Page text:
INORGANIC: This word really refers to the fact that a substance does not contain carbon. Over the years it has come to refer to a method of cultivation where inorganic fertilizers (‘artificials’) are used as a supplement to (or instead of) organic ones (the organic in this context intended to mean those derived from natural sources) and chemicals having a synthetic method of manufacture, instead of those of natural origin, are used to control pests and diseases. Exponents of ‘organic growing’ methods contend that ‘inorganics’ are unnatural or harmful in some way. However, plant foods in such substances are often obtained from minerals occurring naturally, and many organic compounds (that is, those containing carbon) can be produced synthetically. Most synthetic insecticides and fungicides contain carbon, and can be anything but harmless if used incorrectly, although technically ‘organic’. At best, many so-called ‘natural’ organic fertilizers are produced from slurry or poultry manure from intensively farmed animals, so the concept of ‘natural’ and ‘unnatural’ can become somewhat confused.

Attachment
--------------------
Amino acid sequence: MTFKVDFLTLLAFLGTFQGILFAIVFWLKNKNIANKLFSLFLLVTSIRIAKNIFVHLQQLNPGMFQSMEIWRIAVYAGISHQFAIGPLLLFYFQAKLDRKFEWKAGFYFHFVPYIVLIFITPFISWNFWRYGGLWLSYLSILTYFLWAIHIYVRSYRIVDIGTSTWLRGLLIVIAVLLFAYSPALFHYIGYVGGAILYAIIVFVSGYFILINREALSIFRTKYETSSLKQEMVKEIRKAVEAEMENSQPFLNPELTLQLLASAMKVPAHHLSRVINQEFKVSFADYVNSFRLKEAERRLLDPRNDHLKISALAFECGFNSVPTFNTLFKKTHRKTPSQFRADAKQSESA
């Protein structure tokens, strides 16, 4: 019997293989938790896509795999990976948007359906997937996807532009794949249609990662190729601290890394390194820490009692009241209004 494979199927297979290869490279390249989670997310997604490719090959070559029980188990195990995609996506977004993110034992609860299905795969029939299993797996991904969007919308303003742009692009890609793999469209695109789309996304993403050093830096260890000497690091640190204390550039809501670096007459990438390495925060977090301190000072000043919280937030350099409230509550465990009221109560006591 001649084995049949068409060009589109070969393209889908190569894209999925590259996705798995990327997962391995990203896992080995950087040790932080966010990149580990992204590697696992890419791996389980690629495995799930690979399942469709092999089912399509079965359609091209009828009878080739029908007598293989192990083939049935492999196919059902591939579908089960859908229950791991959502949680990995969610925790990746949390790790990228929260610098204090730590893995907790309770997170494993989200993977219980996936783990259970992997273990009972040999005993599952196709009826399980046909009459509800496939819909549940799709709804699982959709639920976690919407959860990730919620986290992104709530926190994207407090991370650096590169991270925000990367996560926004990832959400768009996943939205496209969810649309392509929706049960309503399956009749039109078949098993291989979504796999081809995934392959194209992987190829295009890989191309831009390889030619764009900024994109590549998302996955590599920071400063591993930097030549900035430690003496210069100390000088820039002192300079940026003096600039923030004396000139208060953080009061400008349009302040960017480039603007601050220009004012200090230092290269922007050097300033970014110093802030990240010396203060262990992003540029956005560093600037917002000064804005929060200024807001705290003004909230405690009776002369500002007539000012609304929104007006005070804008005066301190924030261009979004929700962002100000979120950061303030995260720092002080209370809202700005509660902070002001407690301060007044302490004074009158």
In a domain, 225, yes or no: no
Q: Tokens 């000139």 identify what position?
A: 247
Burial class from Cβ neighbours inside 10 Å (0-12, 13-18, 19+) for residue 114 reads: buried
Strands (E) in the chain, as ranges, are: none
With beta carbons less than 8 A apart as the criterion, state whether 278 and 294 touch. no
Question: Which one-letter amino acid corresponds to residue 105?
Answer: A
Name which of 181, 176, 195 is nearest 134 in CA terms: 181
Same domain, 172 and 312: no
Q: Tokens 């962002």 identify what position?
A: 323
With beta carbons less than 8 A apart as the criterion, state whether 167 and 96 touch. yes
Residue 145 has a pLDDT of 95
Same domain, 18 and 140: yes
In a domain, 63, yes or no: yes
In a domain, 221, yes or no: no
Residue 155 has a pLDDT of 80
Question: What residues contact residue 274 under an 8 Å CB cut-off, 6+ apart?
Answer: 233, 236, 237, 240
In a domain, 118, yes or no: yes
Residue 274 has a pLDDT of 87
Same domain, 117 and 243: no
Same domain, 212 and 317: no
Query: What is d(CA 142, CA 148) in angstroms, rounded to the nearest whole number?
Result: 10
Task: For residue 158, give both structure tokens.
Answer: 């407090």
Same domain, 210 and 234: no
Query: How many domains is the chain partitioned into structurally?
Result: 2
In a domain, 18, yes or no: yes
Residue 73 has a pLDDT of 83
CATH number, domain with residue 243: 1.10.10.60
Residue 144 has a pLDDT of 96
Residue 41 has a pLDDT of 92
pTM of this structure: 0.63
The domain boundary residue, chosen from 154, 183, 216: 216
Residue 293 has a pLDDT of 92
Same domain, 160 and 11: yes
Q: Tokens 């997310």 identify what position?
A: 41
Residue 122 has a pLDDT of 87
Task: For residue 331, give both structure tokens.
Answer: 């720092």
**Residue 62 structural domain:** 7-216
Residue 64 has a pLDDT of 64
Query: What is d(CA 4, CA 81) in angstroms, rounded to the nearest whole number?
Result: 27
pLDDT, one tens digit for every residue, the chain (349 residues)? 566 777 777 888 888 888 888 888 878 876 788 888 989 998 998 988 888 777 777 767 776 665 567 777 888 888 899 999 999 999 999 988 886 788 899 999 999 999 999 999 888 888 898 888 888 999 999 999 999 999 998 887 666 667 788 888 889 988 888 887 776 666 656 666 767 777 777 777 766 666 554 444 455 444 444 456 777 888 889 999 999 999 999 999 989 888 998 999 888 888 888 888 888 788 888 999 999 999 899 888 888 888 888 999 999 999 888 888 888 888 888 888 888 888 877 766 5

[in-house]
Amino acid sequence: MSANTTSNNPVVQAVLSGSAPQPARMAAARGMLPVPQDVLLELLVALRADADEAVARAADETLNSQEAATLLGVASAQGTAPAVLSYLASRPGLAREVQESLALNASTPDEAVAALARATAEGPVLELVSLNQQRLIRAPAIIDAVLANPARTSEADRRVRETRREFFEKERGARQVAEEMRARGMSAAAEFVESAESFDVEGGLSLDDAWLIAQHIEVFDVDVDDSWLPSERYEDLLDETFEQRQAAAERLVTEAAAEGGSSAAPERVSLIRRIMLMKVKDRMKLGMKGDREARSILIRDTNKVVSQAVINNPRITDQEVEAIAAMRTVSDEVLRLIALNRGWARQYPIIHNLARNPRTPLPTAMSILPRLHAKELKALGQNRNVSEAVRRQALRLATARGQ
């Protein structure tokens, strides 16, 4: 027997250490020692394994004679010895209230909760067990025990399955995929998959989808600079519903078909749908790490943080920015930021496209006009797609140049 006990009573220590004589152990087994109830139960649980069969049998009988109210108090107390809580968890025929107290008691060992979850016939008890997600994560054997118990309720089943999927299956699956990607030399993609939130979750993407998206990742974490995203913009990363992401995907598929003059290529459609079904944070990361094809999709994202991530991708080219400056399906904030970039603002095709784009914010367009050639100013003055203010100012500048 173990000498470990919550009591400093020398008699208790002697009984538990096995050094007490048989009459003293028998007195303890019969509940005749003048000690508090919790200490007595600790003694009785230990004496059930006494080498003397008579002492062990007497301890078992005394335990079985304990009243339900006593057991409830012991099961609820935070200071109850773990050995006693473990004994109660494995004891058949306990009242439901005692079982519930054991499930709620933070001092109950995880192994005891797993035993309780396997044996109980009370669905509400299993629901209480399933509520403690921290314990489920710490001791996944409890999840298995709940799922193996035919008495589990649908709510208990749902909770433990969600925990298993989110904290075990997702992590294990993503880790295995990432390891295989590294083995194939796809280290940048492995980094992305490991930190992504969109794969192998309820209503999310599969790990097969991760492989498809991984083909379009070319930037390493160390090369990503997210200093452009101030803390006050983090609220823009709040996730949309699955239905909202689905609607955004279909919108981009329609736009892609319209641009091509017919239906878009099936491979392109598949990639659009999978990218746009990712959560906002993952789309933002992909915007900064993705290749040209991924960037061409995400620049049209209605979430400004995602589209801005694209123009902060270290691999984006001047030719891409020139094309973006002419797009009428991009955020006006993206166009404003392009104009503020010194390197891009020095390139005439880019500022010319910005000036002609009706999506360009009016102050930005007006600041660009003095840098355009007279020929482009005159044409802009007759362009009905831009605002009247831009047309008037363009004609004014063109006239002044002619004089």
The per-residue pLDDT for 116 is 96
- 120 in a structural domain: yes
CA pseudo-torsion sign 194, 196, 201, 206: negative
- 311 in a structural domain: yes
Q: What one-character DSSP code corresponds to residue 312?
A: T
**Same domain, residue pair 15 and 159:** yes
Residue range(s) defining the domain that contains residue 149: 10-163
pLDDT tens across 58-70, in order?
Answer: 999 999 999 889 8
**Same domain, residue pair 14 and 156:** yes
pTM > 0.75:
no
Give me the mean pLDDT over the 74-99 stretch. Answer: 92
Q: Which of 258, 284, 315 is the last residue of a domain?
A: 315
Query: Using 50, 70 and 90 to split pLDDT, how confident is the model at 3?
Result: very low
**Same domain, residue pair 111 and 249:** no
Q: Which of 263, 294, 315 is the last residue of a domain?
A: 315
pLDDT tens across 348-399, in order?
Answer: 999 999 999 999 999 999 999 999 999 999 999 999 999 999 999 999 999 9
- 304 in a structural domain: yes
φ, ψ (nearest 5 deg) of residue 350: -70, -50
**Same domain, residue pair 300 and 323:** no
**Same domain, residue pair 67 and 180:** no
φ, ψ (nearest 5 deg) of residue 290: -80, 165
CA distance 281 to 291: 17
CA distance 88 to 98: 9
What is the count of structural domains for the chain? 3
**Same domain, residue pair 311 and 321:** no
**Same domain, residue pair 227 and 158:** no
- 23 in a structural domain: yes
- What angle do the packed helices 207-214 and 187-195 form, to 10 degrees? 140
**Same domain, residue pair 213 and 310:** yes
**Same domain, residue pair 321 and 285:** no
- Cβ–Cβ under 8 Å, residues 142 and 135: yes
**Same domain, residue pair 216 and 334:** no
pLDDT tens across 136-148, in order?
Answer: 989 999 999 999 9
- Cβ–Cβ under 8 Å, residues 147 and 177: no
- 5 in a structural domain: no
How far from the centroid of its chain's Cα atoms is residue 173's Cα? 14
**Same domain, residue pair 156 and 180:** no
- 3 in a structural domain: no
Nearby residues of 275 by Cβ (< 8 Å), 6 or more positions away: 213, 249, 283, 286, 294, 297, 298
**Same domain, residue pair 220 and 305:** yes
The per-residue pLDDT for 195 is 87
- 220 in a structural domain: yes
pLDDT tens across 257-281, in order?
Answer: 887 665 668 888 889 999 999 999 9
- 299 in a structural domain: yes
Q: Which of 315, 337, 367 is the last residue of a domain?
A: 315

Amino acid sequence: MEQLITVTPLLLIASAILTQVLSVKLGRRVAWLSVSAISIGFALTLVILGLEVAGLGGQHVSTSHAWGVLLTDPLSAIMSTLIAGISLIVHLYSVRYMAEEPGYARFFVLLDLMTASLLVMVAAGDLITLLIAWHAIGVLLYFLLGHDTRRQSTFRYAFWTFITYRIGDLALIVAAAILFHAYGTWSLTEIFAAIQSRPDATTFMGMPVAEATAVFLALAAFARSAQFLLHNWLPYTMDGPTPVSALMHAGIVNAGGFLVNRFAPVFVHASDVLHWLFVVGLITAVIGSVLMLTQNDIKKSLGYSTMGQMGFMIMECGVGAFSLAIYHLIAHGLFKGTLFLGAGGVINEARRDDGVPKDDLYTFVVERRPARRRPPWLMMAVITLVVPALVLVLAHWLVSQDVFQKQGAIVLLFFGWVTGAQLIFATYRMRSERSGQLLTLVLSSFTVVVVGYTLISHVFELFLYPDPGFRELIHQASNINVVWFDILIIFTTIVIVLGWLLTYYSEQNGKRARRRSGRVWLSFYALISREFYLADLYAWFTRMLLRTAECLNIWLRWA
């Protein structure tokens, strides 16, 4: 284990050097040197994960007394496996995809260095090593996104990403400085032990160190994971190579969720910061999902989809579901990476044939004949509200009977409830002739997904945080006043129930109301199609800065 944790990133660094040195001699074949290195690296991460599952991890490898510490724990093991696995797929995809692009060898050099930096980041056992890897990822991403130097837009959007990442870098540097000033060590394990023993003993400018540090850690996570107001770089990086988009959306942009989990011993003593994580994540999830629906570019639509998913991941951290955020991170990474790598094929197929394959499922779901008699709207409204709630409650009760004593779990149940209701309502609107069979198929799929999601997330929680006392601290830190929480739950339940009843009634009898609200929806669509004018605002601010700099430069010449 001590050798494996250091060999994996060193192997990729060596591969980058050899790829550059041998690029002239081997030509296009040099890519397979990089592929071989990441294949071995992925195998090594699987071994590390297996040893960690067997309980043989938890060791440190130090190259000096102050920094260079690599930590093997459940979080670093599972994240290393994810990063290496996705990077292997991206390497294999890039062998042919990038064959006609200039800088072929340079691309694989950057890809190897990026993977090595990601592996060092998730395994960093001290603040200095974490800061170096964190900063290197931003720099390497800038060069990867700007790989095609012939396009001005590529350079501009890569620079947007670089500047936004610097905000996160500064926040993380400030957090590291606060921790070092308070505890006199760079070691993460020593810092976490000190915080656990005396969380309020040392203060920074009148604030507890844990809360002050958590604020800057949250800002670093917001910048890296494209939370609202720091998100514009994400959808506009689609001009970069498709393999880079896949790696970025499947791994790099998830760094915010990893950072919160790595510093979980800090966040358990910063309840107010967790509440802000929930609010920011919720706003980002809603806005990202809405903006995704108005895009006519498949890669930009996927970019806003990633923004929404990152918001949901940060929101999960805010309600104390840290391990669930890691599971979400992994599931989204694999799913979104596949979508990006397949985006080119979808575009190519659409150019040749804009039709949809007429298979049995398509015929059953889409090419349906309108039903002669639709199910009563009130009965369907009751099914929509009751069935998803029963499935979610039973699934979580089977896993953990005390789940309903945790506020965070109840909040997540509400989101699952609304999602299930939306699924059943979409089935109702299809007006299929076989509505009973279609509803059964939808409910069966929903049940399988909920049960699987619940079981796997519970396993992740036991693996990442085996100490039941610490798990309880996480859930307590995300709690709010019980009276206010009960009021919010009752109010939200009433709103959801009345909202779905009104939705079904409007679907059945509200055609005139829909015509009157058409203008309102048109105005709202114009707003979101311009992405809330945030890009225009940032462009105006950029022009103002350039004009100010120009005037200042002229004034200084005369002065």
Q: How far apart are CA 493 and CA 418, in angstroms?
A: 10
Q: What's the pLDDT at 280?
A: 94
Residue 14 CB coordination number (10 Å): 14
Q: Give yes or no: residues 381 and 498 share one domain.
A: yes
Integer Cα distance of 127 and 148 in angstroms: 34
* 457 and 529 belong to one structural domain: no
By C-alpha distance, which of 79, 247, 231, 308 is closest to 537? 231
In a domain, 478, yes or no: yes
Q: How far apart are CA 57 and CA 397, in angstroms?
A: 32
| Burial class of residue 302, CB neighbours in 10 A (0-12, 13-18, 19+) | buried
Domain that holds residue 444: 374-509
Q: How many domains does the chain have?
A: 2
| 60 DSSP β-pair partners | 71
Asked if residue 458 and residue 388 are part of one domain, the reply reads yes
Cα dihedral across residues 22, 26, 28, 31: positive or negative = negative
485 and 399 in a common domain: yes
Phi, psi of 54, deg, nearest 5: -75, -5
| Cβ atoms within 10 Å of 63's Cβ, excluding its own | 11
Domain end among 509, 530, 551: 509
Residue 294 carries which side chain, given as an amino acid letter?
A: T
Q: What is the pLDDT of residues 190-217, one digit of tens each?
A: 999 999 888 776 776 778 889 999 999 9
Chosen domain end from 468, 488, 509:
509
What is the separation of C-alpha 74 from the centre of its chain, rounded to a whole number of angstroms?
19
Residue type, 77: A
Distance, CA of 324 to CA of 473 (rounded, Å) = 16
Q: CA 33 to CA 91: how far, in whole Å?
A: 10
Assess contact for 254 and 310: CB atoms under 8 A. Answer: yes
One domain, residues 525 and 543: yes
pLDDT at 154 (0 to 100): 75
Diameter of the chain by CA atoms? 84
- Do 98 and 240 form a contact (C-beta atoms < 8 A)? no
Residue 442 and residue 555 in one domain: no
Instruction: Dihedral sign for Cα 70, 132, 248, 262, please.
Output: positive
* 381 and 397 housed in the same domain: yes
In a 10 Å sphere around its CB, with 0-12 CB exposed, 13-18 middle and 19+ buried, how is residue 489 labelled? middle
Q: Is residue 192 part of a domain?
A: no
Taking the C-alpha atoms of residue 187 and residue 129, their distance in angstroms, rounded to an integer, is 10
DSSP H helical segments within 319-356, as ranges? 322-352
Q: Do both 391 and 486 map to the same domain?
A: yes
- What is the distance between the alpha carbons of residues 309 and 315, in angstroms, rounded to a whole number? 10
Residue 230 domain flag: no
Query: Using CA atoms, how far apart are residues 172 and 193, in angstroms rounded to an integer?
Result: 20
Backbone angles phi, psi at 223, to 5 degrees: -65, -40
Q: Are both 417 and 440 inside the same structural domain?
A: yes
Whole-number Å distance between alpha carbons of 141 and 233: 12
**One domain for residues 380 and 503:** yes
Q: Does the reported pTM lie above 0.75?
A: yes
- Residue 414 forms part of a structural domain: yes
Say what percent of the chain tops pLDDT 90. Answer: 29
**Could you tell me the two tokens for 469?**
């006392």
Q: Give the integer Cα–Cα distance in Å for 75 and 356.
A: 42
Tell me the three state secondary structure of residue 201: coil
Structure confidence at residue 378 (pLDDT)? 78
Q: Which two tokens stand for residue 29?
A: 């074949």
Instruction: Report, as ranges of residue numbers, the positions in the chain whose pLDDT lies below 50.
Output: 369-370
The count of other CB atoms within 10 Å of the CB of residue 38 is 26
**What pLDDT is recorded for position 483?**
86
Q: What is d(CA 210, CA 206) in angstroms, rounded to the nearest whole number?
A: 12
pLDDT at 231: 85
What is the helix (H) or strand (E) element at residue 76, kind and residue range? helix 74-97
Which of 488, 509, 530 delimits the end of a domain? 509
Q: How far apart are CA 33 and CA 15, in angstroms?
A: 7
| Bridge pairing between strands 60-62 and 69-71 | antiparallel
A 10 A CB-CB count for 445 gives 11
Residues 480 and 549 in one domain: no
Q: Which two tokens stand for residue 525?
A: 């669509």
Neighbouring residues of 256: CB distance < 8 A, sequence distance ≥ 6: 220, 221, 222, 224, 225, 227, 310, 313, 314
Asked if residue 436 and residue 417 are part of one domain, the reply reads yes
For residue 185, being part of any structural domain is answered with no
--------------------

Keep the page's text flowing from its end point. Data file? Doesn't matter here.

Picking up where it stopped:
INSECTICIDE: A chemical that will kill insects and often other small garden pests such as mites as well, though the latter is more correctly known as an acaricide.
INTERNODE: A piece of stem between two leaf joints.